High Yield Credit Divergence

September 29, 2014

The S&P500 fell almost 1.4% last week on moderate volume. This loss reversed most of the gain booked the week before. Examining volume in more detail, we saw that it spiked the most on the day that the equity markets fell the most; and volume fell on days when prices rose. To repeat, this is not a sign of a strong bull market. Volatility jumped almost 23% as measured by the VIX index; but this is to be expected when prices slip.

In terms of technical analysis, prices broke below the 50 day moving average on the S&P. While they later recovered a bit to close above, this is a violation of an uptrend, and this break will raise concerns among all technical traders. On the daily charts, prices have retreated just a bit from their upper Bollinger band; the same has happened on the weekly charts. So while  the S&P is not quite as overbought as they were two weeks ago, they are still only a couple of percentage points away from their all-time highs. Meanwhile, breadth continues to deteriorate—for example, at no time during 2014 were fewer stocks above their respective 150 day moving averages than at the close of trading on Friday. Not good.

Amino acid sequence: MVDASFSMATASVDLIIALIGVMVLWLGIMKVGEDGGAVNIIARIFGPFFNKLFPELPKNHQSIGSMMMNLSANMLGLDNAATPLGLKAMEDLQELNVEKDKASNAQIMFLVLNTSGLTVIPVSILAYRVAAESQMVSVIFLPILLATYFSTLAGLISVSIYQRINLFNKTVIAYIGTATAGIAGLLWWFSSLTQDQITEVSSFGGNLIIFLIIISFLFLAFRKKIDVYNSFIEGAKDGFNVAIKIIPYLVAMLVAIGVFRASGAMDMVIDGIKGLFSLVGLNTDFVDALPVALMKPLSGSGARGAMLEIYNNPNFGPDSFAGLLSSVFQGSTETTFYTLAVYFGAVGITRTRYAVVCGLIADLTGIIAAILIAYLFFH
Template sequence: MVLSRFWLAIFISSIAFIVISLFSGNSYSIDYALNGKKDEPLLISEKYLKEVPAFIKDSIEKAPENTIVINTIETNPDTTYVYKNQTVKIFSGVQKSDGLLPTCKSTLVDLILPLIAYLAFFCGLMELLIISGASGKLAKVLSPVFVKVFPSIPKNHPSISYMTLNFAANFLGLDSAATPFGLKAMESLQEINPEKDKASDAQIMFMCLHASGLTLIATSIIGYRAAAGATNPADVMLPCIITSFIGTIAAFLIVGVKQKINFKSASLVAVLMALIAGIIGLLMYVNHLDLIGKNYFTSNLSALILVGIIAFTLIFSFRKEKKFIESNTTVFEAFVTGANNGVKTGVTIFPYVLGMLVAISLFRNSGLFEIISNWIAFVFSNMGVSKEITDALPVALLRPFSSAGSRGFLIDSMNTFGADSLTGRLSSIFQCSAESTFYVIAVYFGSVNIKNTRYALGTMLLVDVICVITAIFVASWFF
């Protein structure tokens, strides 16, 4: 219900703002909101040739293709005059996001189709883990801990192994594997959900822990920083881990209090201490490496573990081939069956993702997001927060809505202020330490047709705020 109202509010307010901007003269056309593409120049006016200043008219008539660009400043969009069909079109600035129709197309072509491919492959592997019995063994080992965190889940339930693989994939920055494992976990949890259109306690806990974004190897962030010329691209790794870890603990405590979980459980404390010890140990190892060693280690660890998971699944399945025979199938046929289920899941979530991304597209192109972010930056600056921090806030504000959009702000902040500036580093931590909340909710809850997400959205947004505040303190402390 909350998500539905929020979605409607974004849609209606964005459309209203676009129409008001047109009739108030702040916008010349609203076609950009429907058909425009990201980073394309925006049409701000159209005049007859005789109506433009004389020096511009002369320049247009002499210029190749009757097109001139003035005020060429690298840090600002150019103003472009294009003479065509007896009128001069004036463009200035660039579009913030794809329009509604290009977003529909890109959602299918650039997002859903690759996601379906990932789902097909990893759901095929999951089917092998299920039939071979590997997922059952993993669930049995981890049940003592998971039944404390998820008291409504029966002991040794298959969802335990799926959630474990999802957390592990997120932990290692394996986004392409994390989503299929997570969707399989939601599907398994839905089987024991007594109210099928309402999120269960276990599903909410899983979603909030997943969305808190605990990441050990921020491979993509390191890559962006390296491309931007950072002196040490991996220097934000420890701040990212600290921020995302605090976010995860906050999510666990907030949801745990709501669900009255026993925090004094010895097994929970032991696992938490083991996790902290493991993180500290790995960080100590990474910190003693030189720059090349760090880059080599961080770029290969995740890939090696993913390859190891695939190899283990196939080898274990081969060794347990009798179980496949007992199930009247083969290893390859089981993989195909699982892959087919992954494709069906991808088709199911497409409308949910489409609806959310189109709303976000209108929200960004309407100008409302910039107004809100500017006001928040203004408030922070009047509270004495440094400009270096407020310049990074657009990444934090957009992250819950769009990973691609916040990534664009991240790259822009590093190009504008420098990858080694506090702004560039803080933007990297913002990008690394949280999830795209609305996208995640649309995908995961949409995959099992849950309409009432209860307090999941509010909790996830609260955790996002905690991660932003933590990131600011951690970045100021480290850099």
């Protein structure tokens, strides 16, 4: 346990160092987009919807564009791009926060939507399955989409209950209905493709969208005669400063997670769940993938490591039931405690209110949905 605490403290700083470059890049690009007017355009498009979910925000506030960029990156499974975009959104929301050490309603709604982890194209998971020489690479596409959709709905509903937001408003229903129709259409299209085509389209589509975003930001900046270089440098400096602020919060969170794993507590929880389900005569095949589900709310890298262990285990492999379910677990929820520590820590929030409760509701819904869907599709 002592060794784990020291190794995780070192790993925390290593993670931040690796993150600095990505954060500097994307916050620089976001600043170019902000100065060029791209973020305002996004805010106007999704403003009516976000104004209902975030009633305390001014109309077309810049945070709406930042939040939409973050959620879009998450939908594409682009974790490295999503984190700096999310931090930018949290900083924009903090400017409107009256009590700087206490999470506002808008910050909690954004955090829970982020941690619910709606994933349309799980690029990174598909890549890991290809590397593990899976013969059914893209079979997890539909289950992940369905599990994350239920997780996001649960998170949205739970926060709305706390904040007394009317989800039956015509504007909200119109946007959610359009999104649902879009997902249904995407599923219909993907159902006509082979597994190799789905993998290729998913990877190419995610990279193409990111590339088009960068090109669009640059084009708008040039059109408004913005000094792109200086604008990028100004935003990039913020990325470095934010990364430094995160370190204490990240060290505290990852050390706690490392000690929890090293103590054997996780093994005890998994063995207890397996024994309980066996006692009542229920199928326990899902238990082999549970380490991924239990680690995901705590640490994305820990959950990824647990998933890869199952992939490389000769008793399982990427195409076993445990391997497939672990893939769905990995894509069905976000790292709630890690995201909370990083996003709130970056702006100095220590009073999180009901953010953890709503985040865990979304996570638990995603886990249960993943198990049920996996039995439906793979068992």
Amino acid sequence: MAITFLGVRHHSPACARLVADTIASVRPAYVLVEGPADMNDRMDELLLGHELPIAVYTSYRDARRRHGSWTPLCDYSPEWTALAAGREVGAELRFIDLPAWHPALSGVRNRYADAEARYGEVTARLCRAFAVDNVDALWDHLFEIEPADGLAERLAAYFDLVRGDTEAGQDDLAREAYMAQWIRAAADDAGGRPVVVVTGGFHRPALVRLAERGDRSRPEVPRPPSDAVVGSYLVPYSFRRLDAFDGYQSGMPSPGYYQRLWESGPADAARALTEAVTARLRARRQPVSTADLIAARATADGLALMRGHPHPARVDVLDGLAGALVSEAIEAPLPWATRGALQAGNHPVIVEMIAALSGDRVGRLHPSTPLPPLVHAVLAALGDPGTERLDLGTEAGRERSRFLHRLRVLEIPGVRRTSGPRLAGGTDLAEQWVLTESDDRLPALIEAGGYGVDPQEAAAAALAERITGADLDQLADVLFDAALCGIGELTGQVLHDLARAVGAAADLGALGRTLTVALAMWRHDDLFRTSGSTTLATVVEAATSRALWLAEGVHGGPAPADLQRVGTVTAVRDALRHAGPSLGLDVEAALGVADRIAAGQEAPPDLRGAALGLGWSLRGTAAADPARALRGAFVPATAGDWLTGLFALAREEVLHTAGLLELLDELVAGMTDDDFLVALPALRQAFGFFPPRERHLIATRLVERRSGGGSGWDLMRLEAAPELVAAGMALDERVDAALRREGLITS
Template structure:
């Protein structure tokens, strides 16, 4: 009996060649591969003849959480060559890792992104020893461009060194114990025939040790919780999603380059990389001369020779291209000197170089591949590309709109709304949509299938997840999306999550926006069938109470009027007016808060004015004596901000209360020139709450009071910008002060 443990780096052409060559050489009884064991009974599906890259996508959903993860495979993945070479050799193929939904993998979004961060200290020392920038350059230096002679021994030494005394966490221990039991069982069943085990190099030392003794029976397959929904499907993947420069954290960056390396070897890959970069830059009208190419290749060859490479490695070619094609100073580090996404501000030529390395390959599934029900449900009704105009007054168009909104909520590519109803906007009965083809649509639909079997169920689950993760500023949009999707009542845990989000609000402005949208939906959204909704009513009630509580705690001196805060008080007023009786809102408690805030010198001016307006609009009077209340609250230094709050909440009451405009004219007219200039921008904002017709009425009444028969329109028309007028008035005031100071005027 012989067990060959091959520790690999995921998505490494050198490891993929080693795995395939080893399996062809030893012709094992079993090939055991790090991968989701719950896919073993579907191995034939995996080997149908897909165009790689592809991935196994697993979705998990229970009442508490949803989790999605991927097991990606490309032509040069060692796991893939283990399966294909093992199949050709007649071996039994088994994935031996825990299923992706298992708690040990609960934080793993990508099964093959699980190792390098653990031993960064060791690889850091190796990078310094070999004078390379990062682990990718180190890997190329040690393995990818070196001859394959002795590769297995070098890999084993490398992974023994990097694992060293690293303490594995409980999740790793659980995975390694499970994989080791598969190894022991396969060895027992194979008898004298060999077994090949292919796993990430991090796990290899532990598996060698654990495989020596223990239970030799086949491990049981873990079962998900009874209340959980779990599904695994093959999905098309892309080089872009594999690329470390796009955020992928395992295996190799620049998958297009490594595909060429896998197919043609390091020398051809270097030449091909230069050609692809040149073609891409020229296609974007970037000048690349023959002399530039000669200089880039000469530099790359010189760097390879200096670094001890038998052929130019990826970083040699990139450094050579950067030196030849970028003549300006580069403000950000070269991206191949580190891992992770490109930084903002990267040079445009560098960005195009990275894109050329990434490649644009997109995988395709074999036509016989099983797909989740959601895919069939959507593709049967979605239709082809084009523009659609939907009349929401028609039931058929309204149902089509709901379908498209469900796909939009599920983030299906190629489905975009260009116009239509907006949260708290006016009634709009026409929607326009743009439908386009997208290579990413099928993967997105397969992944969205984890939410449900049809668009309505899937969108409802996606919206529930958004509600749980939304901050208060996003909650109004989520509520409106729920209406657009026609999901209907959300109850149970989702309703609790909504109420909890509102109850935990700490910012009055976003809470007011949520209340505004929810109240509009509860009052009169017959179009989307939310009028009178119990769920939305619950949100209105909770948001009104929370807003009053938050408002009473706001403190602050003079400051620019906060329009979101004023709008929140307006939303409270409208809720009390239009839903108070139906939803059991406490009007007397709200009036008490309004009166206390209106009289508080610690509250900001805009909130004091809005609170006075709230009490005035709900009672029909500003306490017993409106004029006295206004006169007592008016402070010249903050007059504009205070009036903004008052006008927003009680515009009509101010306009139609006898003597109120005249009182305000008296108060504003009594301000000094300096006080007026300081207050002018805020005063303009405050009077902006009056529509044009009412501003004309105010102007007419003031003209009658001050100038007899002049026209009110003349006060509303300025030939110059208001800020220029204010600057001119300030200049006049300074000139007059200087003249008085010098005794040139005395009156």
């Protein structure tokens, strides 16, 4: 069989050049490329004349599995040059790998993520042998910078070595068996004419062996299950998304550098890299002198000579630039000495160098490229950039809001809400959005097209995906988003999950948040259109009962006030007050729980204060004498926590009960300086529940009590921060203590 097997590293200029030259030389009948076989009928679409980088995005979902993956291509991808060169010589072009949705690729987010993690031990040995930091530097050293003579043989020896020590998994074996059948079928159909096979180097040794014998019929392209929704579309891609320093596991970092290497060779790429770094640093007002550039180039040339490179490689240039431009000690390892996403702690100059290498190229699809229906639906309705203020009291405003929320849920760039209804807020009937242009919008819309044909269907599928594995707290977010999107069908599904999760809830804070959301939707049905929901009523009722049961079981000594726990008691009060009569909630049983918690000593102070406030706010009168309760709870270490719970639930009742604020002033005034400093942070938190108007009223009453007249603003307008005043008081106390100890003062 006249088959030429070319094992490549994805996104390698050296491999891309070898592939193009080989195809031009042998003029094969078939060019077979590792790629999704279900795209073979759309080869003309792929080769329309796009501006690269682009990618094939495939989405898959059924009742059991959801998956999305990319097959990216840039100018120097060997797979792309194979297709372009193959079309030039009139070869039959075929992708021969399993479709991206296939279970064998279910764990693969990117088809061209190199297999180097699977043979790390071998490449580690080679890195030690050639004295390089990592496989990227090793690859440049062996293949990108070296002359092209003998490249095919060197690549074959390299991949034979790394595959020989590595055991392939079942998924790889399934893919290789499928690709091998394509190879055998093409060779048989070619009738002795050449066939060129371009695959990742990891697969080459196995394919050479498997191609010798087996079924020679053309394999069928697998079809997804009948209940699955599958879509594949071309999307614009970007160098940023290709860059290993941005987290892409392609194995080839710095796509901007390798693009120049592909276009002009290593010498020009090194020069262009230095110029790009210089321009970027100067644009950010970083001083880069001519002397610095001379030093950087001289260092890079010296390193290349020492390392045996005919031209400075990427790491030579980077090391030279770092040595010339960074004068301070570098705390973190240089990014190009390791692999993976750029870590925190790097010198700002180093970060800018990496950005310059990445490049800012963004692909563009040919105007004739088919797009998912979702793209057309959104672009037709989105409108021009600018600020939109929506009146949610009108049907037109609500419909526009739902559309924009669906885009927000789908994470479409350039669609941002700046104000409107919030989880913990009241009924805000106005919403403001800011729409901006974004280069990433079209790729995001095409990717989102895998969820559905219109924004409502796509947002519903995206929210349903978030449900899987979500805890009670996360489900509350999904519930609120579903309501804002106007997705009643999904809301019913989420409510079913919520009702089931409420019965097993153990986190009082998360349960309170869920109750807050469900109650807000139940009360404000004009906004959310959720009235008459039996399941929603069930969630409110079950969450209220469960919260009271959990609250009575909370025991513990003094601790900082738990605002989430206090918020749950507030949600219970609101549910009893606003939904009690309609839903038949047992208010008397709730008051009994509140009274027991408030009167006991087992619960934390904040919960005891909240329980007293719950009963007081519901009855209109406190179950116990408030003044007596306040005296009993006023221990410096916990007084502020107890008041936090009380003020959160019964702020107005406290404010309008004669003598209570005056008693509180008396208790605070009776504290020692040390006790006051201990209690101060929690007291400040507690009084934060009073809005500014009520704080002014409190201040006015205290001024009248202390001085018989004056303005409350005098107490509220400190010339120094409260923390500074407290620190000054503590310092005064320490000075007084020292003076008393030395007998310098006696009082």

At the same time, the US economy is still inching forward very, very slowly, and this is despite the $3.5 trillion created by the Federal Reserve since 2008 to save the financial system and the US economy. Certainly, the US financial system has been “saved”; the US economy, not so much.

In specific news, the Chicago Fed national activity index plunged, instead of growing as expected by economists. Existing home sales dropped, also, instead of rising as expected. The house price index disappointed. The PMI manufacturing index also disappointed. Durable goods orders missed—both headline and without transportation. Also, the Kansas City fed manufacturing index missed expectations. On the positive side, only new home sales and initial jobless claims beat consensus estimates.